For years I have believed that the most empowering thing one can do is to freely declare, “I was wrong.” I believe this is one of those acts that can elevate one’s character and ennoble one’s life as almost nothing else can.
Why is it that we so ardently cling to being right? In The Zen of MLM I quote Eckart Tolle, who said:
“The obssessive need to be right is an expression of the fear of death.”
The first time I heard those words (on one of Tolle’s audiobooks), I was so struck by them that I had to pull over, stop the car’s audiocassette player, rewind, and listen again. And again. I was enthralled. Had this man just identified the single most compelling cause of conflict—from friendly spats to global warfare—in the history of civilization?
Perhaps we tend to hold tight to our rightness out of the sense that doing so might make us godlike, in control of our world. My experience is that in fact, it does quite the opposite.
The capacity to admit you were wrong—not grudgingly, not under duress or someone else’s insistence, but freely and in the spirit of excited discovery—is a glorious thing for the care and feeding of one’s soul. And here is its corollary—the equally glorious thing for the care feeding of one’s relationships, saying those other three little words that mean so much:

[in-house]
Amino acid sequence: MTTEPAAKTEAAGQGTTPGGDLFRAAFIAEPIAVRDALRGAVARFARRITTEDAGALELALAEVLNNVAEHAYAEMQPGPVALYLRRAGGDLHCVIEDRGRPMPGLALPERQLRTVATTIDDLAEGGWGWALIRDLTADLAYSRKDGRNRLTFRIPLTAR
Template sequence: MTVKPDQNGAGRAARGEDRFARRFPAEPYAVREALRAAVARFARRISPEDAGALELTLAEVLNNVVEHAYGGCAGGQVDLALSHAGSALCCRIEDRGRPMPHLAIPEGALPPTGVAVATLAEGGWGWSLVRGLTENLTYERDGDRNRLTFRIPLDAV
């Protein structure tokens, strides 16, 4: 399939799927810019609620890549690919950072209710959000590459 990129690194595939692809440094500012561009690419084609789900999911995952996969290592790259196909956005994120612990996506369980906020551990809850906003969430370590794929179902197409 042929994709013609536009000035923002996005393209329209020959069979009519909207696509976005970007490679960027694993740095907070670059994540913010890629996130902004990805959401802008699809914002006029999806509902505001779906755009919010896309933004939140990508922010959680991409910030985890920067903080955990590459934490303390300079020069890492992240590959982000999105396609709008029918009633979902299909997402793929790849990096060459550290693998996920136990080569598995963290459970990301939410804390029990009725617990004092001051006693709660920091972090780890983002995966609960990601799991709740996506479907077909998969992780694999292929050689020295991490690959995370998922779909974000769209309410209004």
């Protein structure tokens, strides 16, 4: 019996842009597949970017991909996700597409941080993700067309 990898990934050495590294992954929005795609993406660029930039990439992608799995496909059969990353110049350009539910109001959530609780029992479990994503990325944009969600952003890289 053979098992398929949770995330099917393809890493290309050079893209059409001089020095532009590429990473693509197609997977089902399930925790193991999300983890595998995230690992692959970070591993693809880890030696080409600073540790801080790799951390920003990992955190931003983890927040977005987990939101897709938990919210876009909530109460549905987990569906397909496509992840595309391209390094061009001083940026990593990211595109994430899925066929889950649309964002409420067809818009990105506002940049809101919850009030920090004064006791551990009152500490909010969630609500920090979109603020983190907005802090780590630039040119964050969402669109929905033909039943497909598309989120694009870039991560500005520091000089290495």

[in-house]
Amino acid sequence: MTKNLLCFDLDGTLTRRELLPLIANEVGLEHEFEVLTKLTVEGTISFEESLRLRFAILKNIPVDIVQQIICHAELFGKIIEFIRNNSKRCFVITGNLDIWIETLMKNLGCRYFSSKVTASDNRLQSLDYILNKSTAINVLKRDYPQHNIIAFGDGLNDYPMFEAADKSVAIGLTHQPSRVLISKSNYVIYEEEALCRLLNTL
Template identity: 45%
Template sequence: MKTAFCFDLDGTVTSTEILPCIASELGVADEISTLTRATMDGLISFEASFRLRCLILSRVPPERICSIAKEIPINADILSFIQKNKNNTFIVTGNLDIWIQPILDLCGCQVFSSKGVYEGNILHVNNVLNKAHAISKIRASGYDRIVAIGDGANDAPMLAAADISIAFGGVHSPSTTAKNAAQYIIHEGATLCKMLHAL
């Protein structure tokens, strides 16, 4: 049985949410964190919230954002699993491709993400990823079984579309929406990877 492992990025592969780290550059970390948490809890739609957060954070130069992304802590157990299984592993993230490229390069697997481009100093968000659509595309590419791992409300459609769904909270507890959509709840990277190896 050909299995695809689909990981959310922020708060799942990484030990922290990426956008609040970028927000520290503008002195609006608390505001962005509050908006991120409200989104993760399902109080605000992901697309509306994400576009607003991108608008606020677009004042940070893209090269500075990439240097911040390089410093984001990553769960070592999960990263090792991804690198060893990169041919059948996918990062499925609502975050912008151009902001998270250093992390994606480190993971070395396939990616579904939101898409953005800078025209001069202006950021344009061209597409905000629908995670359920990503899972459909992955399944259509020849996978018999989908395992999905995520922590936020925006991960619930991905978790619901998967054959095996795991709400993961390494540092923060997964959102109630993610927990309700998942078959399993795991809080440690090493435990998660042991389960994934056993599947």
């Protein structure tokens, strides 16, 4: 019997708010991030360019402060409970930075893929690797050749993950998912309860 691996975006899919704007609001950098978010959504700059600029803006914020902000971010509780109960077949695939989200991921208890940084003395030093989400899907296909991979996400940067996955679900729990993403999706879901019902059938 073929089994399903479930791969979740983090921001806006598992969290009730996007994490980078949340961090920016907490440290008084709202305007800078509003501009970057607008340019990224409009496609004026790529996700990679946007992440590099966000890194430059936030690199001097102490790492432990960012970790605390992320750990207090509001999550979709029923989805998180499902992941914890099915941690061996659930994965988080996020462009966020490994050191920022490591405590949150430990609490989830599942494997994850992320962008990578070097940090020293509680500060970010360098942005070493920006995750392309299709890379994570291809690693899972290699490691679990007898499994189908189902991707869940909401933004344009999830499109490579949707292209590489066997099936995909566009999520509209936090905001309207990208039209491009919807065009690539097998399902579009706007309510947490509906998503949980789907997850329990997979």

“I am sorry.”
In 1633, Galileo Galilei was tried, convicted and sentenced to death. His heresy: publishing a book that claimed the earth was not the center of the universe.
Eventually, the church acknowledged that Galileo was right, and that they were wrong to condemn him. (The death sentence was eventually commuted to house arrest for life, which still sucked.) But this acknowledgment did not come in his lifetime, and not even in his century. In fact, can you guess when the Italian astronomer was finally given an official, formal apology?
It was exactly fifteen years ago today: October 31, Halloween, 1992. A skeleton in the closet laid to much-needed rest. (Boo!)
It’s never too late to say those three powerful little words that mean so much.